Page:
He is seen nervously scratching it when questioned by the police officers, which at times is a telltale of liars, as Dwight Schrute (‘The Office’) would postulate. The similarities of the mark can be found in certain other works of art that deal with guilt. In ‘Macbeth’, the fallen king cannot seem to get the blood of the innocents he murdered off his hands. In ‘The Machinist’, Bale’s character’s skin and physicality darken and diminishes as he comes to terms with what he did all those years ago. Henry’s deterioration as the film progresses is represented by the facial mark that creeps up to his nose as the film ends.
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What is Baby Annette and why is it a puppet?
Baby Annette can be described as a doll at first. It gradually transitions into a puppet, and finally, a living human being. It is “blessed” with the angelic voice of her dead mother, who gave it to curse her husband’s soul. What was meant as a blessing and the trigger for neverending happiness for Henry and Ann, turns into a malaise that destroys their lives.
Carax never provides a reason for using the baby as a puppet. Visual semantics aside, I feel he makes an impressive point about the nature of consumerism and the voyeuristic nature of today’s commercial world. Henry’s use of the small baby to earn money encapsulates the desperation that grips fledgling parents today. Shameless ransoming of their children to shows, something like ‘Magnolia‘, imprisons the kid’s ability to be a kid. They can never get the sanity and insanity that accompanies this time of our lives.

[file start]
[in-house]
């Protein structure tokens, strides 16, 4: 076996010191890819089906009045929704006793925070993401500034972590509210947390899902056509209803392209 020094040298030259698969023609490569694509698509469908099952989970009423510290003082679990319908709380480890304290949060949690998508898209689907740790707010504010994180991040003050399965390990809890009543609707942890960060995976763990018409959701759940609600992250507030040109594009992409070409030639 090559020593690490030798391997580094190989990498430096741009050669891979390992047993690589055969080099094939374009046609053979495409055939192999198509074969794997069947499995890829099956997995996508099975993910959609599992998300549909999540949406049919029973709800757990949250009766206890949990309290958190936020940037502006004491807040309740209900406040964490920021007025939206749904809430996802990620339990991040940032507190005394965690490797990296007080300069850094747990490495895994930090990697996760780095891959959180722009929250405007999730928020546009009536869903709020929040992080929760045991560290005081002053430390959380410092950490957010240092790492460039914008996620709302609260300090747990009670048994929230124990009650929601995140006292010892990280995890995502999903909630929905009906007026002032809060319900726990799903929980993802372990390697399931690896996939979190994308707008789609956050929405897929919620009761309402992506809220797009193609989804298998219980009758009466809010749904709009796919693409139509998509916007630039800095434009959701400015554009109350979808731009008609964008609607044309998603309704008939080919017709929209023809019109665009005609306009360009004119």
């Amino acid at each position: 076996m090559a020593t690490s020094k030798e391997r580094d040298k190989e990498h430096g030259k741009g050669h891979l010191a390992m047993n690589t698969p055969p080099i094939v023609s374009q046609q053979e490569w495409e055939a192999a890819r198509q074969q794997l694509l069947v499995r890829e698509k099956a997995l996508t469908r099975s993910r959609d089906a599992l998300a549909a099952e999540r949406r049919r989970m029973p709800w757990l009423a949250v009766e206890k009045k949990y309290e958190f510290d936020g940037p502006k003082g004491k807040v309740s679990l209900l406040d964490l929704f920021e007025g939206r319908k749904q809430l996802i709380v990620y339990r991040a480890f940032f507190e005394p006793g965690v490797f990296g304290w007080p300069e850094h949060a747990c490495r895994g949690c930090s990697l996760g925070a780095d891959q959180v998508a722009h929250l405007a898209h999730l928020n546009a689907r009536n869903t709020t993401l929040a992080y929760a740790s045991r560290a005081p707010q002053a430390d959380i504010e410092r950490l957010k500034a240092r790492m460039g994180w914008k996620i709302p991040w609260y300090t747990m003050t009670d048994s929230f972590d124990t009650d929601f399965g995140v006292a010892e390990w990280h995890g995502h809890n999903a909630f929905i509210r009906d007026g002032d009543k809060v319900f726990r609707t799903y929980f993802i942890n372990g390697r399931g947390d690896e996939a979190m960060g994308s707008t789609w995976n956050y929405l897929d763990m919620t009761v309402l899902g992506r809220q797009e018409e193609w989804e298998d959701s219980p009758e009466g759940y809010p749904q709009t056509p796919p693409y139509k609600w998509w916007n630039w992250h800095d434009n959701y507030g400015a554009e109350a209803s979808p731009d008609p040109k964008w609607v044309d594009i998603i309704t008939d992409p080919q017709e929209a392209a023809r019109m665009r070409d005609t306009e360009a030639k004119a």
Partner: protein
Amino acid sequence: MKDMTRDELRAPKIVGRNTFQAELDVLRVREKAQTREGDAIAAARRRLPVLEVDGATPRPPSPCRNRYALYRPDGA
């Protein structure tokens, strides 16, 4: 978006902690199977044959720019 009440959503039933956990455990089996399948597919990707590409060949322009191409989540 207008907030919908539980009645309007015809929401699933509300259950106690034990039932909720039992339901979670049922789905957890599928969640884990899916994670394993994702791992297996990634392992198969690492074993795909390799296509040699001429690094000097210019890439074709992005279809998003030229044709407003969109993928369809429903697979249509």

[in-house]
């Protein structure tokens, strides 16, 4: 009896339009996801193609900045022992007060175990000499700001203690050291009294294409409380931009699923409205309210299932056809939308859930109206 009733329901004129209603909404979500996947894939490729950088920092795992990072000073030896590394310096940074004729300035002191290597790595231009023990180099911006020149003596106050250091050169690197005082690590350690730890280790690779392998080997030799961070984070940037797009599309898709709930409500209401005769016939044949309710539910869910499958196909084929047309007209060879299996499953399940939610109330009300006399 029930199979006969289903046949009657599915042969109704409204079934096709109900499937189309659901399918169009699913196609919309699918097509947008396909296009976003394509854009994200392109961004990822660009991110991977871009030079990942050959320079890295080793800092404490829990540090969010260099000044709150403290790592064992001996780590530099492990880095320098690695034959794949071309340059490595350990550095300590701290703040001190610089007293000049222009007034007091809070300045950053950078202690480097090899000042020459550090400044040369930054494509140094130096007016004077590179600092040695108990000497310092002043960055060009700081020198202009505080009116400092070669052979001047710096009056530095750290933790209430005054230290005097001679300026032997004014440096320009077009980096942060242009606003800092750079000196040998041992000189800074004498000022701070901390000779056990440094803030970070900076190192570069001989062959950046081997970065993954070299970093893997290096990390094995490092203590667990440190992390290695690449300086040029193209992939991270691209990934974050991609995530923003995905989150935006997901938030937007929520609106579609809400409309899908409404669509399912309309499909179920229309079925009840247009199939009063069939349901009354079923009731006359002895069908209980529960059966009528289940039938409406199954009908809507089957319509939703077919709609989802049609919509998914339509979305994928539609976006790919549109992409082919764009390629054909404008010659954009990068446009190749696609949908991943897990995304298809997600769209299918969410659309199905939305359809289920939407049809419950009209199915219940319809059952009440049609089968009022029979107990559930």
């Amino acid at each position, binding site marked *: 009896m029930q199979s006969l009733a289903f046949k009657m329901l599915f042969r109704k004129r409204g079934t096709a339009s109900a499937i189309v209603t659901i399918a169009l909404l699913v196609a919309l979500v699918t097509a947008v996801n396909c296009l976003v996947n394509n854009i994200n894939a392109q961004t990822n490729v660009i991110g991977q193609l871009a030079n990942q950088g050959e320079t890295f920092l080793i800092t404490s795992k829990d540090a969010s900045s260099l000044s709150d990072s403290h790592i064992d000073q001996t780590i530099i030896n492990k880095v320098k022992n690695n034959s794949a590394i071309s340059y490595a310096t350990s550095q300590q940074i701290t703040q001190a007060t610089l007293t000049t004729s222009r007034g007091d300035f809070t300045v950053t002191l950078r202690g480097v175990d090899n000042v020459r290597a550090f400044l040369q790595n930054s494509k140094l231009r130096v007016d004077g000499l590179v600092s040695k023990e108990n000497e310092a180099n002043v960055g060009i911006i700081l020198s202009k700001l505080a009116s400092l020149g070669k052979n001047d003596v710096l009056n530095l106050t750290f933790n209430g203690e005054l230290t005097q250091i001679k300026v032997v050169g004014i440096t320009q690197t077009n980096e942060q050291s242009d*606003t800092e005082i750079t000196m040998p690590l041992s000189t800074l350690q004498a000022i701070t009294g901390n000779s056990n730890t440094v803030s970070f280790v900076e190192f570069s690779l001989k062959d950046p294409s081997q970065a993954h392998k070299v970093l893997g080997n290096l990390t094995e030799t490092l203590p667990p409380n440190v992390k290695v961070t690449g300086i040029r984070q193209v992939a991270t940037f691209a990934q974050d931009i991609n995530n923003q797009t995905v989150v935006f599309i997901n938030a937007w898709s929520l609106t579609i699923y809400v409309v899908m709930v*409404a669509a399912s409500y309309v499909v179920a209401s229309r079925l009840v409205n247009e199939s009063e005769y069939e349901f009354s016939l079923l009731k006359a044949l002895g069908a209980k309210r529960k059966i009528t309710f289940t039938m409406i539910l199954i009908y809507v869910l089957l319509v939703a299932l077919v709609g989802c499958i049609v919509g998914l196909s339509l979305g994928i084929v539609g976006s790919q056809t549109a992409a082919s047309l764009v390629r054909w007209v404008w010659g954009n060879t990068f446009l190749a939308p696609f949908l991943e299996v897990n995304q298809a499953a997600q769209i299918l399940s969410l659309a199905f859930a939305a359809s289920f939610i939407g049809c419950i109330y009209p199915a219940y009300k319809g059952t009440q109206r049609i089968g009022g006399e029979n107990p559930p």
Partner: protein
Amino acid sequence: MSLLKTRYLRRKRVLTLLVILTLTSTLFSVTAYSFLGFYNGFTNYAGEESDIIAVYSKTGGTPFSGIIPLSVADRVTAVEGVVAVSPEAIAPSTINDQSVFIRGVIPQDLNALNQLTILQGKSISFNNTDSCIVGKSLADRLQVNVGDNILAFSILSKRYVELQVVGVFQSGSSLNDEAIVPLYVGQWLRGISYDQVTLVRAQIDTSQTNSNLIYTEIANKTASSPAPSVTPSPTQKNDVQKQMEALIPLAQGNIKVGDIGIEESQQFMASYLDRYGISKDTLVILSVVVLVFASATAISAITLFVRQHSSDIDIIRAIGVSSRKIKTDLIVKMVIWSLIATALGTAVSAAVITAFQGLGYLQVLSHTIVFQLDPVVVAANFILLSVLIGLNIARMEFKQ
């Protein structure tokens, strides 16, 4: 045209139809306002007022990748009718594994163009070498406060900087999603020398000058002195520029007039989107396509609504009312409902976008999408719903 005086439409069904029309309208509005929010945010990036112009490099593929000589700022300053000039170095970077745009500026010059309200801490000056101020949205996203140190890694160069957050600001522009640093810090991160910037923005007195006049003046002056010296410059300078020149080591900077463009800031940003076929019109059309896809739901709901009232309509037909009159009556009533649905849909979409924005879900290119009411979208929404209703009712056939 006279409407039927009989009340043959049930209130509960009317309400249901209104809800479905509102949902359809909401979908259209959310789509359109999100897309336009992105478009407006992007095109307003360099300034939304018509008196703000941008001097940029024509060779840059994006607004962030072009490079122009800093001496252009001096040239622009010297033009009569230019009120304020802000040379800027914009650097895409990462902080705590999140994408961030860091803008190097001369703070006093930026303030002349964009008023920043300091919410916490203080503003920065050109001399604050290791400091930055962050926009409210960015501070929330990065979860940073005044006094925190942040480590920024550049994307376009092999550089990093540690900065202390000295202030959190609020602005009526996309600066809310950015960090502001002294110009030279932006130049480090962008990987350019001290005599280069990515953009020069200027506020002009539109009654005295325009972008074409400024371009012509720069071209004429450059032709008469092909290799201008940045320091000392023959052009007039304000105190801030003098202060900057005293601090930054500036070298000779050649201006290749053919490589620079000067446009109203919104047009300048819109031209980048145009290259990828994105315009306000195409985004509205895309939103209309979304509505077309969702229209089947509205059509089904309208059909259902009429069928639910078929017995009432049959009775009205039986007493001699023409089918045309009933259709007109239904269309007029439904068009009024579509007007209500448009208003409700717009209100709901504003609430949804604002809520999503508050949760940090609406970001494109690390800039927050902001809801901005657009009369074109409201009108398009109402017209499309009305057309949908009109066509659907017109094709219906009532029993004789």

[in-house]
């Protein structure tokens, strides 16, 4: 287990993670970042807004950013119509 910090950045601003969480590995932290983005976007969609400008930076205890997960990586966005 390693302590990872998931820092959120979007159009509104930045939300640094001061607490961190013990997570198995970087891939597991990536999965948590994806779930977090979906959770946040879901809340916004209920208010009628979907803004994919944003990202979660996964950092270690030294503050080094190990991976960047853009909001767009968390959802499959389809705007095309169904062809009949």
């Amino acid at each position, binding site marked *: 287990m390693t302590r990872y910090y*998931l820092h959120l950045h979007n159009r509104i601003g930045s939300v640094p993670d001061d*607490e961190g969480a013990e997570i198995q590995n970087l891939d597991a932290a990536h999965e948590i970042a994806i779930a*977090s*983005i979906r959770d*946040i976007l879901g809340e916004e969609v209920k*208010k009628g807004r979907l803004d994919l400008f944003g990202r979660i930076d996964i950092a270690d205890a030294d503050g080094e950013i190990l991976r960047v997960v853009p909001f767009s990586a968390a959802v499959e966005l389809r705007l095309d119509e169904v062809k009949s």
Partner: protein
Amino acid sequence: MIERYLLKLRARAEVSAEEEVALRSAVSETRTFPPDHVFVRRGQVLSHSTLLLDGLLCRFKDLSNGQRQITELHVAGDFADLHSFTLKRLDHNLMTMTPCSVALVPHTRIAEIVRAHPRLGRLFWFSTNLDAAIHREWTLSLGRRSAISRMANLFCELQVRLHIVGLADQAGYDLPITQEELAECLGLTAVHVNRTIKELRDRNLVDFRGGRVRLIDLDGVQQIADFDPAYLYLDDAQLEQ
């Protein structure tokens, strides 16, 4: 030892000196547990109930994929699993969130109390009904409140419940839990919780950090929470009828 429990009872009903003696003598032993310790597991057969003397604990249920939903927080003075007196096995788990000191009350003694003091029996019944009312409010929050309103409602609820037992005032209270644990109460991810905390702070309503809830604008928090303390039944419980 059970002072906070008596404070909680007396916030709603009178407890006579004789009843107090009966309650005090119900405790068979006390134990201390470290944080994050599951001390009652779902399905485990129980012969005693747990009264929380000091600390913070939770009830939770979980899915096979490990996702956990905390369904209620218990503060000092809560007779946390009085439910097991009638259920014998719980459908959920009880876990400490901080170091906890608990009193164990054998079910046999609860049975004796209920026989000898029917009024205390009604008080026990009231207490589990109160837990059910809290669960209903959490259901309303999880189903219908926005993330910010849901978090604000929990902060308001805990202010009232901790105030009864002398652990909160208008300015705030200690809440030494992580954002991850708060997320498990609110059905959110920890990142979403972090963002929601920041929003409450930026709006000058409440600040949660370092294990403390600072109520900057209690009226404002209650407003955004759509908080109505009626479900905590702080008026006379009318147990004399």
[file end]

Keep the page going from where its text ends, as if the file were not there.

The ‘Pinnochio’ undertone is quite clear with how she comes alive in the end. It also metaphorically suggests that now, her life is her own. She is the one who calls the shots and controls her destiny. The freedom to experience life now has set her on a new path and she is never looking back.
Annette Movie Themes Explained:
Agonized Male Guilt
Guilt is inseparable from suffering. The two usually occur in this order but not on those occasions where innate suffering makes way for a realization of guilt. Henry is an embodiment of the same. His realization comes far too late, the lack of which pushes him beyond the contours of sanity.
His incredible breakdown serves as the perfect pitch for vengeance for Ann. There are no comparable make protagonists in recent cinematic history that have so miserably fallen from viewer favor like him. Baby Annette’s introduction turned the tide against Henry. It took the narrative in a direction that would inevitably become his guilt’s physical manifestation.
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The Annihilating Nature of Narcissism and Masculinity
Carax’s protagonists often turn out to be proxies of the director himself. Many a time, distinguishing himself from the character becomes a hard job during the writing process to his own admission. A cumulative look at his leading men reveals their tendency to use an overt sense of masculinity to assert their dominance and pacify their narcissistic urges. Henry’s resentful and tepid showcasing of Ann’s success lays bare the kind of person he is in real life. His non-assuming and carefree attitude, even more, highlighted due to his profession, comes undone as jealousy grows.
Carax lends incredible fluidity of motion to Henrey’s character. His introduction gives the impression he is a boxer getting ready before a bout. The attire he dons, the spring in his steps present Driver’s Henry as an indomitable force not to be messed with. The summation of his personality is more of a sum of parts, rather than something wholesome. And Carax exploits it till the last drop.
Annette Movie Ending Explained:
The ending of ‘Annette’ is not only emotionally cathartic but also really confusing. Henry is apprehended and convicted of murder when Ann’s ghost outs her. He is sent to prison and Annette visits him, as a living person.
The very ambiguity of what lies ahead for Annette defines the breaking of the shackles she found herself tied to. Carax’s critical examination of the world of fame and its devastating effects on families as a unit closes with Annette discovering life on her own. Devoid of any limelight, she is free to tread her own path, no longer influenced by any of her parents.